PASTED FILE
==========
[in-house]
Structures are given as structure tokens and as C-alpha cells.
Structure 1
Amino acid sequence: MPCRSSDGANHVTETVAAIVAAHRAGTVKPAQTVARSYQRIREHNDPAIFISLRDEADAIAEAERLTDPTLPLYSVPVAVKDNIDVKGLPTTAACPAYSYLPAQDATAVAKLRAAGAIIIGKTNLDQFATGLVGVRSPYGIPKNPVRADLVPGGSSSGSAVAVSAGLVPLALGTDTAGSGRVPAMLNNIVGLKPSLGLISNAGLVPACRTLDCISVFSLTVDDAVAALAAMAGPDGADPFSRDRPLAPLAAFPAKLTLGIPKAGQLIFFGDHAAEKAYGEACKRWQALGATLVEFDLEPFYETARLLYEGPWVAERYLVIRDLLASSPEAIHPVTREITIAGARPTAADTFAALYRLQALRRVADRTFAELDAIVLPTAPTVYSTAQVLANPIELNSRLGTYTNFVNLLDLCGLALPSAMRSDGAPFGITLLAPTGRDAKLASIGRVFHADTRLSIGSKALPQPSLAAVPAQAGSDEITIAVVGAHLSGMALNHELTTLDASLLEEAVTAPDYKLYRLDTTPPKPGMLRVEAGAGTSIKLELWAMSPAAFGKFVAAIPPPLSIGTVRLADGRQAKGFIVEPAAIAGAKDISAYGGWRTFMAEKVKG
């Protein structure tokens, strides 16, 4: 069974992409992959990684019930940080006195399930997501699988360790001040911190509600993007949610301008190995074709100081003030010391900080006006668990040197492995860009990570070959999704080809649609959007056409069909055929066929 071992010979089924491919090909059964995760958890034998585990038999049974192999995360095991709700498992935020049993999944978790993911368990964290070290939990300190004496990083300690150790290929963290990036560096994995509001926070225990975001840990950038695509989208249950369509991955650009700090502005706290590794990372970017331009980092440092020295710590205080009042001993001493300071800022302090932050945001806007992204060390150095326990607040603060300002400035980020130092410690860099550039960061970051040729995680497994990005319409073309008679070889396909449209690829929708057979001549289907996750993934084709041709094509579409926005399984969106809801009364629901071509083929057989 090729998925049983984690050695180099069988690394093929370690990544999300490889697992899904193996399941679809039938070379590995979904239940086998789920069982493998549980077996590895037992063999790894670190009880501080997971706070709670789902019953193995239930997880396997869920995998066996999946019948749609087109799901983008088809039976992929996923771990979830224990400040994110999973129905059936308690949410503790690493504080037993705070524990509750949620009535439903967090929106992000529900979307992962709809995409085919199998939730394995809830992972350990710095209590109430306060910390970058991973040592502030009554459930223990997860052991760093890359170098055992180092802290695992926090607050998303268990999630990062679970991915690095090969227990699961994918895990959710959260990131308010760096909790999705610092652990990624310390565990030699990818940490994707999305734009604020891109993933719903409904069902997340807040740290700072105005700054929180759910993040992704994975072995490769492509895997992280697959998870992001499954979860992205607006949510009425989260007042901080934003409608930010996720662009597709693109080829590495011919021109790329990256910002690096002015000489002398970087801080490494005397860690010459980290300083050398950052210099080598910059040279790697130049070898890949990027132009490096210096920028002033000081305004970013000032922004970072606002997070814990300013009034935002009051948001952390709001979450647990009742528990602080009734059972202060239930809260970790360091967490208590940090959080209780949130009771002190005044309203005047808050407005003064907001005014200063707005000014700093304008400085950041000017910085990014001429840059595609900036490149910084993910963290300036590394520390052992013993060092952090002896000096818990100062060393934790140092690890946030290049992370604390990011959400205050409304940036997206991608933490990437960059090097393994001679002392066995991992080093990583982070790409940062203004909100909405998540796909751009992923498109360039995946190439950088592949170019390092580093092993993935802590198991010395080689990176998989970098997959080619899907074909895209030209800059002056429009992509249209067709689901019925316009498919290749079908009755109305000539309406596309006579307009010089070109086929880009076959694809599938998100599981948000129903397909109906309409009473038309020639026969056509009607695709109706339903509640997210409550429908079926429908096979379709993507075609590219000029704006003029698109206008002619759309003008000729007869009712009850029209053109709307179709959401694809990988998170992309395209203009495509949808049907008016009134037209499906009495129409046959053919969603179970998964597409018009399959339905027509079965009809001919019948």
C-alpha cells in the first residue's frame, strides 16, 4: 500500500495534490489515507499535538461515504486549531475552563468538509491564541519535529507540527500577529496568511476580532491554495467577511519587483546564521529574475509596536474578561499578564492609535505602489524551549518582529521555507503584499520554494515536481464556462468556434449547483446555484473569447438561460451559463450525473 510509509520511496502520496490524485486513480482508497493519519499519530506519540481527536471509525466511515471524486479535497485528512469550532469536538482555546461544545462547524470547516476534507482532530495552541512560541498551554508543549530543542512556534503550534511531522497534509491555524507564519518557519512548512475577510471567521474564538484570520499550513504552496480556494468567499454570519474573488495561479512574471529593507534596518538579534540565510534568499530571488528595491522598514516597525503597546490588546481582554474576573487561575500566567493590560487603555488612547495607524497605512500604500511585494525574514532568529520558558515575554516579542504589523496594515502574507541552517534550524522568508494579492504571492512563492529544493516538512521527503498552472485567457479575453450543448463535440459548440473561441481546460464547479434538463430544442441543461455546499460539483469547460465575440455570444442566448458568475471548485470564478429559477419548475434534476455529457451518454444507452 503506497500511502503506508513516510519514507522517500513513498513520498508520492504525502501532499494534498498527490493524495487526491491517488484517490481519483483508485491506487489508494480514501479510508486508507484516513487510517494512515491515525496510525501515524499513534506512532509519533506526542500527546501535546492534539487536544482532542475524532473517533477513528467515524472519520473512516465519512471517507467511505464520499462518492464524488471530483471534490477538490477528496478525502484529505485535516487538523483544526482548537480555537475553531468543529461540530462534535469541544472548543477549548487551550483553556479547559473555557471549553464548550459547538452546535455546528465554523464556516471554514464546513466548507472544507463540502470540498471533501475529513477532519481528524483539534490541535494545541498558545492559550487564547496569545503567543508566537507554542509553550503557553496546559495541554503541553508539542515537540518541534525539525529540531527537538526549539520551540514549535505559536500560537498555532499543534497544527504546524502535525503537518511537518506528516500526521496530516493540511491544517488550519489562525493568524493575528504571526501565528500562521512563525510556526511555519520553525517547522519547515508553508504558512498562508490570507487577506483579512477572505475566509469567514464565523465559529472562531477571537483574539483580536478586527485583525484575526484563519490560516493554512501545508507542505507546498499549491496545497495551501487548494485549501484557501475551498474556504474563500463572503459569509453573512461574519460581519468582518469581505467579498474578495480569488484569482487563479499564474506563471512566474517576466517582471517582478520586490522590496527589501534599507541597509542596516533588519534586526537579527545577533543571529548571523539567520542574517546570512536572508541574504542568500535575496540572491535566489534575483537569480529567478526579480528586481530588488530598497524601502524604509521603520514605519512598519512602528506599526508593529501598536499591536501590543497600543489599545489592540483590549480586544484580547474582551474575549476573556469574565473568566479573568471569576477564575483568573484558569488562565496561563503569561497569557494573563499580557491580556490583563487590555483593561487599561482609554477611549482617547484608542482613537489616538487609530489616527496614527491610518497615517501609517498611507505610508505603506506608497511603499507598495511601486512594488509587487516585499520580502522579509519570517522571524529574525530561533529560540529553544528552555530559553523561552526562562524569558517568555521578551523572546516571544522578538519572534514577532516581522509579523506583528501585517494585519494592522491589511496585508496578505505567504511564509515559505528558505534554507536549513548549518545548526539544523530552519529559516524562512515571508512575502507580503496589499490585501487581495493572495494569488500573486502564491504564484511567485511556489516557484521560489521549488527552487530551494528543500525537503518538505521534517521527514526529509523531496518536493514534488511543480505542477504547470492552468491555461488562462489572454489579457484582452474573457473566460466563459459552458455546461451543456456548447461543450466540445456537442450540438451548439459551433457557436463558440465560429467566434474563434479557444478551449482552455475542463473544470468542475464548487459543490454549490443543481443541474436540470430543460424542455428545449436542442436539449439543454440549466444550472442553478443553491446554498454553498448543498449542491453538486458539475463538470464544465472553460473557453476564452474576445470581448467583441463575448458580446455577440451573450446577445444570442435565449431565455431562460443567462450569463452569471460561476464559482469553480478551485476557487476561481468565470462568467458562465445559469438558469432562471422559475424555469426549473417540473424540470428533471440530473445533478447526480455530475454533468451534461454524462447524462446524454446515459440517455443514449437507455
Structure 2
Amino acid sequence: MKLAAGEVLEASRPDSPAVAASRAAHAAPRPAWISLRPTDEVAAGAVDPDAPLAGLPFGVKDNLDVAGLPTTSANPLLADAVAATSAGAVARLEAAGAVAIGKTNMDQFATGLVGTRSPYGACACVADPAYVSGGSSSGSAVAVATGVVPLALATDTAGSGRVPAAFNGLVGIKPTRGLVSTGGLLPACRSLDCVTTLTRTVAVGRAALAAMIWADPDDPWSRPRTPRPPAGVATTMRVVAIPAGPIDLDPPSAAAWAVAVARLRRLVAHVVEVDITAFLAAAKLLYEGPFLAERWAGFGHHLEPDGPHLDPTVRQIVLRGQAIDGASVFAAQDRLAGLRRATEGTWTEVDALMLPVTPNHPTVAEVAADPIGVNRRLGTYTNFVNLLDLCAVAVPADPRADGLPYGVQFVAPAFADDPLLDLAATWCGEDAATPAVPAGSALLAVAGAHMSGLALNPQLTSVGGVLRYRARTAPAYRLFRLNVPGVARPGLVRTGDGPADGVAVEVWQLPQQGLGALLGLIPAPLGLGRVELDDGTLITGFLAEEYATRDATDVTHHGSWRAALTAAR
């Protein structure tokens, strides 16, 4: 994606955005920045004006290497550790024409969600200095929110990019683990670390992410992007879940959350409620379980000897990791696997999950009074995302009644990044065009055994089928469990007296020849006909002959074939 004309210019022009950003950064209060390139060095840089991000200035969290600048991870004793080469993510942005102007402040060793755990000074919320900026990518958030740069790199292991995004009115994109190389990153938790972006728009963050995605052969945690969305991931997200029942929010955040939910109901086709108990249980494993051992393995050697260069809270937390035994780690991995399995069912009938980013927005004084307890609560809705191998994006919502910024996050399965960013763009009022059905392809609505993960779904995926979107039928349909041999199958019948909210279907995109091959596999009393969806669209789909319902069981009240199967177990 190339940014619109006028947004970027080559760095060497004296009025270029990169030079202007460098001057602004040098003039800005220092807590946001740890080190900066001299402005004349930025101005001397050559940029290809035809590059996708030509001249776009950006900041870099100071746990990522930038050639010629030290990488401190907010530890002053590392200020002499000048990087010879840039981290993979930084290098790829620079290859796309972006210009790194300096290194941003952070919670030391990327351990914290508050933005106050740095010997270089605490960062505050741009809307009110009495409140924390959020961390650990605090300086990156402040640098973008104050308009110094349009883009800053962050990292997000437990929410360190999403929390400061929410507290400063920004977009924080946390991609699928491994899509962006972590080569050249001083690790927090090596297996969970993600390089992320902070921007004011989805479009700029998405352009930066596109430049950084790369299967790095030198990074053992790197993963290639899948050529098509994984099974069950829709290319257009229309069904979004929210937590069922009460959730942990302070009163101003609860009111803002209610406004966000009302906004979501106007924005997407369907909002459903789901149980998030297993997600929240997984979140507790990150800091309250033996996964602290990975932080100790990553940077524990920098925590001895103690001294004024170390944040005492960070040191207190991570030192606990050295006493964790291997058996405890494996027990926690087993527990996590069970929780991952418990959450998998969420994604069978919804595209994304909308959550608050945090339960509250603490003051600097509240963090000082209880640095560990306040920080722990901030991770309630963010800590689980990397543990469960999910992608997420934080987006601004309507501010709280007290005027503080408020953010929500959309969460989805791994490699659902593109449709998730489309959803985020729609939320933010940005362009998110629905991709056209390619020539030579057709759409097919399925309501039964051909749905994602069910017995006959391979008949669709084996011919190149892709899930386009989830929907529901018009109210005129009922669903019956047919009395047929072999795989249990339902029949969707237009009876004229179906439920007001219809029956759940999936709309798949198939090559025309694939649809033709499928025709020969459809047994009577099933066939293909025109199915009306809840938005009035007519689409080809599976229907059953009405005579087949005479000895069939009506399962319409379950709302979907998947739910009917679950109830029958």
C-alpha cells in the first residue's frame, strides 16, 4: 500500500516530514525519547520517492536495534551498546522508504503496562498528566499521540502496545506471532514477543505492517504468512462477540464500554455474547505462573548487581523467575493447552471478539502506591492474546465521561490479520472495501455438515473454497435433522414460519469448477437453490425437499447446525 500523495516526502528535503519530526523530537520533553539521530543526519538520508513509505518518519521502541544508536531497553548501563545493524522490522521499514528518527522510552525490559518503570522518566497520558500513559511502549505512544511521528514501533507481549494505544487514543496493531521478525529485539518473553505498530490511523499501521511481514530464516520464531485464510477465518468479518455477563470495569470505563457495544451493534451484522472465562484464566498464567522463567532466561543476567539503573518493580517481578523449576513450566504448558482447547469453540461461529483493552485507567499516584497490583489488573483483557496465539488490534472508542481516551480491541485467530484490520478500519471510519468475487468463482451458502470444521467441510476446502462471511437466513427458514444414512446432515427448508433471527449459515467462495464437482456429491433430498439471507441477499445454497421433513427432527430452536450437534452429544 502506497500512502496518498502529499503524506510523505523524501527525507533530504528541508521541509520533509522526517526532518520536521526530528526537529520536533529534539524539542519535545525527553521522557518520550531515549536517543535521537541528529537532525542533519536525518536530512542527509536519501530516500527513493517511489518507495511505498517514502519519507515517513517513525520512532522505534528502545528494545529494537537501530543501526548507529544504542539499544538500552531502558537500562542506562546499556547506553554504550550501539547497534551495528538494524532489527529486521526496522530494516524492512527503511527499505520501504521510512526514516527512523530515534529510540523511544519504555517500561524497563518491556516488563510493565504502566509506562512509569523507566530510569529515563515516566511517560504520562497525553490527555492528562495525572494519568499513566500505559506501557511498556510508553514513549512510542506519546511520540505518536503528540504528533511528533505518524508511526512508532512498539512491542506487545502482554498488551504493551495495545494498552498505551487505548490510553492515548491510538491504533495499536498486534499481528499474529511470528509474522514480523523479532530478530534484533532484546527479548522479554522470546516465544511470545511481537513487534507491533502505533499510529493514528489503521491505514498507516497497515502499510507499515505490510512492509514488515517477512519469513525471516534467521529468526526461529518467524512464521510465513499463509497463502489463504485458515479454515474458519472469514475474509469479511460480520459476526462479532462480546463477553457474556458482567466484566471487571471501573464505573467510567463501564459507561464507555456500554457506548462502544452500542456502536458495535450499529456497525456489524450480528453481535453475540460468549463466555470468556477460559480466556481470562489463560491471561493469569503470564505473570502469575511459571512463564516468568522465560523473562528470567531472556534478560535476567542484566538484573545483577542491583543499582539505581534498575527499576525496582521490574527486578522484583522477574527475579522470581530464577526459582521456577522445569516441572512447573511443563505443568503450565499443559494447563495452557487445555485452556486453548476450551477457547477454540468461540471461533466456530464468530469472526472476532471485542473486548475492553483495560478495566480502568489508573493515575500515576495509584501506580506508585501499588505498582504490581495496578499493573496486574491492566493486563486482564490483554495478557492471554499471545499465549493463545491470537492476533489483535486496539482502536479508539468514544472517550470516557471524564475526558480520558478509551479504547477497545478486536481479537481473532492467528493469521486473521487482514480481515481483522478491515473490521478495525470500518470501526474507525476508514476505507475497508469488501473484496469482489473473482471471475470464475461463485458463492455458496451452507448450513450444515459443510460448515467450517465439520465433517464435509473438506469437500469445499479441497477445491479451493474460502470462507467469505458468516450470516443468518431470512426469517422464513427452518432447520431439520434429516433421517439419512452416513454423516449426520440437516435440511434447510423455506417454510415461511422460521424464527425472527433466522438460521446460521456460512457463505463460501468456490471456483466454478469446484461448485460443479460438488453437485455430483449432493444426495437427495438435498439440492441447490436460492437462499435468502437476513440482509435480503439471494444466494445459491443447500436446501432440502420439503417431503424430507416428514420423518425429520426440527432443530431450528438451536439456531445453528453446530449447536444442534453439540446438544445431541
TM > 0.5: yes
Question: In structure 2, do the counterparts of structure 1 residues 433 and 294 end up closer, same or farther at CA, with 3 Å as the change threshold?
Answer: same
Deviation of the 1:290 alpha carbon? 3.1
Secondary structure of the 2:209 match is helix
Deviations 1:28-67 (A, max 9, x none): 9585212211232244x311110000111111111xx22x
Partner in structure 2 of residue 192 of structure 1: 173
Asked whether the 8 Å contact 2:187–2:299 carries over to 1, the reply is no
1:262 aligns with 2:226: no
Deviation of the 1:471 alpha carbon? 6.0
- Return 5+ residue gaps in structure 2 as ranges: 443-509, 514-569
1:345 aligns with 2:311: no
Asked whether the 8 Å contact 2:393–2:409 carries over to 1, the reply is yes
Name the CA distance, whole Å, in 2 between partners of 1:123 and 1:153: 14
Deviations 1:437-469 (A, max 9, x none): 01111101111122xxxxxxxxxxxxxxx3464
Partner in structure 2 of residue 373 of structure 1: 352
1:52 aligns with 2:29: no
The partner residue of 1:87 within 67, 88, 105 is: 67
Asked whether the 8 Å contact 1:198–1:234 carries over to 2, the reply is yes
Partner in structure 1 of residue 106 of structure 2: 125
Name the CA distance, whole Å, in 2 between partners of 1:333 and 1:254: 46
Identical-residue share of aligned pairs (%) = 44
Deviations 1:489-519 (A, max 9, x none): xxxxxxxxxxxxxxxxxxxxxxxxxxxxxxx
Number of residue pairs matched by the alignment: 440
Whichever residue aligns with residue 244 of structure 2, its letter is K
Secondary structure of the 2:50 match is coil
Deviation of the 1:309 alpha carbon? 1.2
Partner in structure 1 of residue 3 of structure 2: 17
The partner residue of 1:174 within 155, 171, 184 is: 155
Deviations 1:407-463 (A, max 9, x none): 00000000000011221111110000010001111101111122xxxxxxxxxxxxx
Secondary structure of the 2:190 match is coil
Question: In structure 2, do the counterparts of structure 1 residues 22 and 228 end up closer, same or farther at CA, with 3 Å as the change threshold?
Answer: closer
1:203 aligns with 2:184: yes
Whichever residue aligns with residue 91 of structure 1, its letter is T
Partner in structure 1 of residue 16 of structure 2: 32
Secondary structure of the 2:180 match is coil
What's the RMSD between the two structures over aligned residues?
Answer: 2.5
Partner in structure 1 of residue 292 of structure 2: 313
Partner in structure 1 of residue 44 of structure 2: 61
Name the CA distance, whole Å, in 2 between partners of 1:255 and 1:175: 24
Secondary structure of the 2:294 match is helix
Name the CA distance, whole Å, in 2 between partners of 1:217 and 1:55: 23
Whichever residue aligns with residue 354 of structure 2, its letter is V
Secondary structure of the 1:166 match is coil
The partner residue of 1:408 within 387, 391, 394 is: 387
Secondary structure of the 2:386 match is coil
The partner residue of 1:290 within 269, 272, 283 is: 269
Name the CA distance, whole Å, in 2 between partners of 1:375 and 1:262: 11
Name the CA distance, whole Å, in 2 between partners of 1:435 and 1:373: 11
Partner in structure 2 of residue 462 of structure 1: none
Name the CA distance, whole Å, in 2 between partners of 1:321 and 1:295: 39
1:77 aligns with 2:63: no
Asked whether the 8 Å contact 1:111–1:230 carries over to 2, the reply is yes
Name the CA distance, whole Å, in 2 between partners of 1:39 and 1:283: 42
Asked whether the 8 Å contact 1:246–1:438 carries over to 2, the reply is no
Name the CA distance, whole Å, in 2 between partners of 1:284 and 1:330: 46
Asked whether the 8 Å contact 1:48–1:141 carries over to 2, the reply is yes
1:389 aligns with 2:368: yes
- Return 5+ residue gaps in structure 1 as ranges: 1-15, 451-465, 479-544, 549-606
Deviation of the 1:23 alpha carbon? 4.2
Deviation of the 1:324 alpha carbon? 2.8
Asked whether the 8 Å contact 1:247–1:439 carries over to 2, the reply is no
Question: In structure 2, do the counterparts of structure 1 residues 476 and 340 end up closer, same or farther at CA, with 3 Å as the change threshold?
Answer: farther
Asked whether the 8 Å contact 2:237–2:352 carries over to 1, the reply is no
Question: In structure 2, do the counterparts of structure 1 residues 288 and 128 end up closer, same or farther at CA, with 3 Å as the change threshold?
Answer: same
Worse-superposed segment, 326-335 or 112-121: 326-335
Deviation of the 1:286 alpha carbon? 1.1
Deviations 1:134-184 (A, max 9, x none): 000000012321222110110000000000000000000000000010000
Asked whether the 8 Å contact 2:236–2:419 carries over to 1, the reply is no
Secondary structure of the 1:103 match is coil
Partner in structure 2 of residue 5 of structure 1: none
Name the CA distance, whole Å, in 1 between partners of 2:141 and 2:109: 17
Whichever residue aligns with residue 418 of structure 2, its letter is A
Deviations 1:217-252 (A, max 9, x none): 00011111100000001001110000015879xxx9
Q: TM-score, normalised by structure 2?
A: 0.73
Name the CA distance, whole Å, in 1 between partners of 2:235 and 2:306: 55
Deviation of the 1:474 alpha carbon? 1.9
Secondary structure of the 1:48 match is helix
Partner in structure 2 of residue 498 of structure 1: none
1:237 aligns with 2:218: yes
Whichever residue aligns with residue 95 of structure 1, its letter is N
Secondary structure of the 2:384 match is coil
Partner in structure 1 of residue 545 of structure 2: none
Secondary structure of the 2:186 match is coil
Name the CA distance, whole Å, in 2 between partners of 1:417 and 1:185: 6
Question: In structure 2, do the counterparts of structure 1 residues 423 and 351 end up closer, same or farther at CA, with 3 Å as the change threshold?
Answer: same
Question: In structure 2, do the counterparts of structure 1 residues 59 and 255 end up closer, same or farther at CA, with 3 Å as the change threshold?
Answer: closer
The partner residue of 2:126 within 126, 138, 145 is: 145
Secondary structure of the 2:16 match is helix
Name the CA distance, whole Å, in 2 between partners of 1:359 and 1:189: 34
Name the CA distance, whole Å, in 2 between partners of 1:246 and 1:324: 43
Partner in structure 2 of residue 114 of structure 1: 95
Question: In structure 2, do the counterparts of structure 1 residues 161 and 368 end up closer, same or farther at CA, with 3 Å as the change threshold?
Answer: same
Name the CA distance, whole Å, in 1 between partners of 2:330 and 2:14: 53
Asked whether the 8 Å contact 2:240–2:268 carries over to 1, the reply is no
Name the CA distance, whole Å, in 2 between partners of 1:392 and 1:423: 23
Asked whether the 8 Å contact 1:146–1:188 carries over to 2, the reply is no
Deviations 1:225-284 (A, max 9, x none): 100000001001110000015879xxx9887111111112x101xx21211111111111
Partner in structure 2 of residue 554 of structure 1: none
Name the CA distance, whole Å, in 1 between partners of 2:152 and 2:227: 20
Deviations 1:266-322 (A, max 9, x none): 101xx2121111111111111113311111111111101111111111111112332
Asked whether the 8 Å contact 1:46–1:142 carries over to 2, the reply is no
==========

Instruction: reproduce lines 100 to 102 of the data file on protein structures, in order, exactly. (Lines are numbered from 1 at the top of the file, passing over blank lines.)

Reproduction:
Name the CA distance, whole Å, in 2 between partners of 1:417 and 1:185: 6
Question: In structure 2, do the counterparts of structure 1 residues 423 and 351 end up closer, same or farther at CA, with 3 Å as the change threshold?
Answer: same